RaDAR – Kobus ZS6BOS’s challenge results

Kobus ZS6BOS has become one of the leading competitors in ZS. His operating style and reporting is neat and friendly.

Kobus left his QTH at 08h30 UTC and made his first stop at KG33sp.  (See log sheet for contacts) Next stop KG33so94os where he made my 5 contacts and went on to KG33tp40be and spent the rest of his 4 hours as a field station. As per RaDAR rules, Kobus included a foto of each position.  Here is one of them.

Well done Kobus! Hope to see you in the November challenge again.

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RaDAR – Challenge July 2019 review

I eventually found the time to write my review. Being recently retired I found I’m quite a busy man and wonder where I ever got the time to go to a “saltmine” for eight hours a day!

HF conditions are really a challenge nowadays and even under less strenuous timelines than the RaDAR challenge it’s days or weeks that I go without a QSO! That determined my strategy for the day.

Usually I don’t rely too heavily on satellite communications and I hadn’t done RaDAR SatComms in quite a while. Choosing my four hours I had to make the first attemt a test. I had a great QSO with Tom ZR6TG via the AO-91 cubesat.

In the background, my RaDAR training ground – a full 1.6 Hectare of dense bush.

Then the four hour challenge started. I made no attempt at setting up any HF antennas but there were two permanently in place in my RaDAR training ground, a 40m / 20m delta loop (In the background above) and another two hundred meters away, a linked dipole.

I at least walked to new locations for the satellite QSO’s deploying quiclky and making quick pass evaluations for direction and elevation. I used the SA AMSAT satellite antenna which is very lightweight and effective. It’s a wonder antenna as the theory behind it goes well beyond that of a straightforward yagi and diplexer.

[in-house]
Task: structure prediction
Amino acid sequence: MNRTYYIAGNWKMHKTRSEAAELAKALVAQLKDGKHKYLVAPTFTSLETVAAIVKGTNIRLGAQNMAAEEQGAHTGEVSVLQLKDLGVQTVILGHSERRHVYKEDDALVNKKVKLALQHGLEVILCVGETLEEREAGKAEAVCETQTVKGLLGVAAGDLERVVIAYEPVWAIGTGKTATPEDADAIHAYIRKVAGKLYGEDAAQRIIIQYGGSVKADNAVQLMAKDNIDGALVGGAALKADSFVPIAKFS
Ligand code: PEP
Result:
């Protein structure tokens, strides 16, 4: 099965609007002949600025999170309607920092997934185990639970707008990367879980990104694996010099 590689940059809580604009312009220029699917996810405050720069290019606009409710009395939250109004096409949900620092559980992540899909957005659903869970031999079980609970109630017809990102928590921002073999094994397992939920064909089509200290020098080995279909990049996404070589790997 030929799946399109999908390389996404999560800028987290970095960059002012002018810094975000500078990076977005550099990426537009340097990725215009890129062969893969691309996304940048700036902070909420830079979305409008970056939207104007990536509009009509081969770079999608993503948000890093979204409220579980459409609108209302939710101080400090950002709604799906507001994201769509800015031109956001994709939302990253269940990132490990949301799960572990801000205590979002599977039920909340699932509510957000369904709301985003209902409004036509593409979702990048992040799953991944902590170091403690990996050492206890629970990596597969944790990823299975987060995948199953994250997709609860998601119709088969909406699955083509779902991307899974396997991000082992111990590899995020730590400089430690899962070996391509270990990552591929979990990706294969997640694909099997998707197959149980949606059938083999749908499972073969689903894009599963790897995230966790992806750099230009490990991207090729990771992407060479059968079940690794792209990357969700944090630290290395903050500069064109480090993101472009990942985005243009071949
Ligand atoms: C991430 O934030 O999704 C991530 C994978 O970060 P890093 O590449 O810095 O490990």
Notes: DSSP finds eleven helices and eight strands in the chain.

A low elevation pass but three good QSO’s ZS1LEM, ZS1OB and ZS2BK . As could be expected it’s difficult to near impossible to get the full quota of five QSO’s as per RaDAR movement specifications, so I just returned to “base” after each successful deployment.

ISS Detector Android app for pass predictions

Three QSO’s via SO-50 with ZS2BK, ZS1OB and ZS6GL, Graham is very involved with the RAE and inspiring young people to become radio amateurs.

An area I cleared using a bush cutter and standard petrol lawnmower modified to handle the rough environment.

I had included the last hour for possible CW QSO’s through a local CW sprint that takes place every Saturday and Sunday between 4pm and 5pm. I managed one QSO using my X5105 Xeigu and the linked dipole.

Not a true RaDAR challenge but I had lots of fun and that what it’s all about.